Thirteen-year-olds saw unprecedented declines in both reading and math between 2012 and 2020, according to scores released this morning from the National Assessment of Educational Progress (NAEP). Consistent with several years of previous data, the results point to a clear and widening cleavage between America’s highest- and lowest-performing students and raise urgent questions about how to reverse prolonged academic stagnation.
The scores offer more discouraging evidence from NAEP, often referred to as “the Nation’s Report Card.” Various iterations of the exam, each tracking different subjects and age groups over several years, have now shown flat or falling numbers.
“It’s really a matter for national concern, this high percentage of students who are not reaching even what I think we’d consider the lowest levels of proficiency,” said George Bohrnstedt, a senior vice president and institute fellow at the American Institutes for Research.
Once upon a time, Chevrolet was meant to cater to budget-conscious buyers. Out of all of GM’s multiple brands, it offered some of the most affordable vehicles, not only from the automotive giant but on the market. This is no longer the case as the average transaction price has now surpassed $50,000.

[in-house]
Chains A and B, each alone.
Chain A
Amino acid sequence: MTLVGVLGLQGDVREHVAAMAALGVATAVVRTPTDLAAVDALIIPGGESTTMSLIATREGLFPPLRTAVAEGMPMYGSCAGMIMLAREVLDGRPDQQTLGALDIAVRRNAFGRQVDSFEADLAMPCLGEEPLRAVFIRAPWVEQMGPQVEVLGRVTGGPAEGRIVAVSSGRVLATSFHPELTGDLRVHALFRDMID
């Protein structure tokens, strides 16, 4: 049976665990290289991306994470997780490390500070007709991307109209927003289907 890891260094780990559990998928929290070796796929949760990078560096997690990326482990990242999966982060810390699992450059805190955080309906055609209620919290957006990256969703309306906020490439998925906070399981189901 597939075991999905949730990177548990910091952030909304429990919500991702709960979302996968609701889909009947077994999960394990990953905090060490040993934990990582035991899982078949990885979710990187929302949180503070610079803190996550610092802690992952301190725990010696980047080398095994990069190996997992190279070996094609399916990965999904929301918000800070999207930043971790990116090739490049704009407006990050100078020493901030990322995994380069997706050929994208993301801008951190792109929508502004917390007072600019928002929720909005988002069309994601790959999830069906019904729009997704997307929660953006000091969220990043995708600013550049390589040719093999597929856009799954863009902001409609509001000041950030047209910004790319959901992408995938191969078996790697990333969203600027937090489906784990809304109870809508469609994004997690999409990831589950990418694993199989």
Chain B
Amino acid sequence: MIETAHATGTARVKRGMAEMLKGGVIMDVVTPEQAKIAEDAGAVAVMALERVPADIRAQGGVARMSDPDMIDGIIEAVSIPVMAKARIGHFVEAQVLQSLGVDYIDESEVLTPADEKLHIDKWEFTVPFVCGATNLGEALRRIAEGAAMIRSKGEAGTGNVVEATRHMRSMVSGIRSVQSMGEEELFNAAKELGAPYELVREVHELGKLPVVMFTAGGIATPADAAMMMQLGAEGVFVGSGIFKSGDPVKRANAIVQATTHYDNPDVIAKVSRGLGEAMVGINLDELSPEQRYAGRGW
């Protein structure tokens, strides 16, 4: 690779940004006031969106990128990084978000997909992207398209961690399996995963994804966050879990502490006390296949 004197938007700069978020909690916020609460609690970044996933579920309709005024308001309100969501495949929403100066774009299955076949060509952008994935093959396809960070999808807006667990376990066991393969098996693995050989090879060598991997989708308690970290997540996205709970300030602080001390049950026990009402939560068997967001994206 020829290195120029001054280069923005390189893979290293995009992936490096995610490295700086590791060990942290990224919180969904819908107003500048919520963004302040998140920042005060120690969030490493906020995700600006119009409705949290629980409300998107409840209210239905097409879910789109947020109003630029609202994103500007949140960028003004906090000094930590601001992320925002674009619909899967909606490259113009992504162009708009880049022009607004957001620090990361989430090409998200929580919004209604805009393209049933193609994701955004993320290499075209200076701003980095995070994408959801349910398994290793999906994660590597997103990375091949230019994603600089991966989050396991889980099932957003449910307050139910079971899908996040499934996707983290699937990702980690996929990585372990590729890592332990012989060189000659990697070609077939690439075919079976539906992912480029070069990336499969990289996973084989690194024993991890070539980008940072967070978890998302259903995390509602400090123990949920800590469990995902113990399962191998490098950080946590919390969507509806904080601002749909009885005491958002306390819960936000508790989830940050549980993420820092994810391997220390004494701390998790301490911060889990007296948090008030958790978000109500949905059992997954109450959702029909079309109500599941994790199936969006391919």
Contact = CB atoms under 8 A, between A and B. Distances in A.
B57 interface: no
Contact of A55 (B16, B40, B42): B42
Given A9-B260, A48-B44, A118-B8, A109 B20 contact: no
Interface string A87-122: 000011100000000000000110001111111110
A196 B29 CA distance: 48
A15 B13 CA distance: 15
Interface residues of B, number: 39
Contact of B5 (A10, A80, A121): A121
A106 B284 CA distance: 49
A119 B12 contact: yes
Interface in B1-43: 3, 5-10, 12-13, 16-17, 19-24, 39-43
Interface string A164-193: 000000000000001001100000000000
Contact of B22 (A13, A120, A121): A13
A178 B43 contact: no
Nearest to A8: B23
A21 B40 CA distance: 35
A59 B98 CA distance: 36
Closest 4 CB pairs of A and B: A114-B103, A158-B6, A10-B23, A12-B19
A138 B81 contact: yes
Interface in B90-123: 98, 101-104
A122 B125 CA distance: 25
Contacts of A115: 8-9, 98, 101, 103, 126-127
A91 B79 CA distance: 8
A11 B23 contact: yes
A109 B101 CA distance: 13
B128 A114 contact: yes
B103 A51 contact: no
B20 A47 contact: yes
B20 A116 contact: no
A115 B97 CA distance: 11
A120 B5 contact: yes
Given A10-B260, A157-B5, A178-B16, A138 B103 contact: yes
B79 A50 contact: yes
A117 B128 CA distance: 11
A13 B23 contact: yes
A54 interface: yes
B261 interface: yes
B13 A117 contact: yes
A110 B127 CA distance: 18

This morning USD$50,000 is equal to $61,787.50 Canadian Dollars.
Due to supply chain issues, you’ll notice that dealer lots are mostly empty these days. Manufacturers are not offering incentives to sell vehicles, they don’t need to as the demand has outstripped available supply. And due to low volumes, dealerships are marking up the price and not negotiating. They are trying to squeeze out every bit of profit possible from their limited amount of inventory.
In recent months, two different Ford dealers refused to sell me a new vehicle unless I financed it through them. Dealers receive a kickback from the finance company and this is another way to squeeze out every available dollar out of the customer. Another thing they do is add low cost / high-priced accessories the customer didn’t ask for or want in an effort to jack up the sale price and increase their profit margin. It feels like soon they might offer to deliver the vehicle to your house so when you’re not looking they can go through your chesterfield looking for loose change.
The need for dealerships is limited now that customers can order vehicles online, with the accessories they want, directly from the manufacturer. This needs to be accelerated as dealers have become a barrier to new vehicle sales. A couple of months ago, I was ready to dump my Toyota and purchase a new Ford. My first ever. Even as I was being forced to finance the purchase. However, dealers didn’t want to order the configuration I desire, one that is available on the manufacture’s site. They are allotted a limited number and want to maximize their margins with those. So, I still drive the Toyota.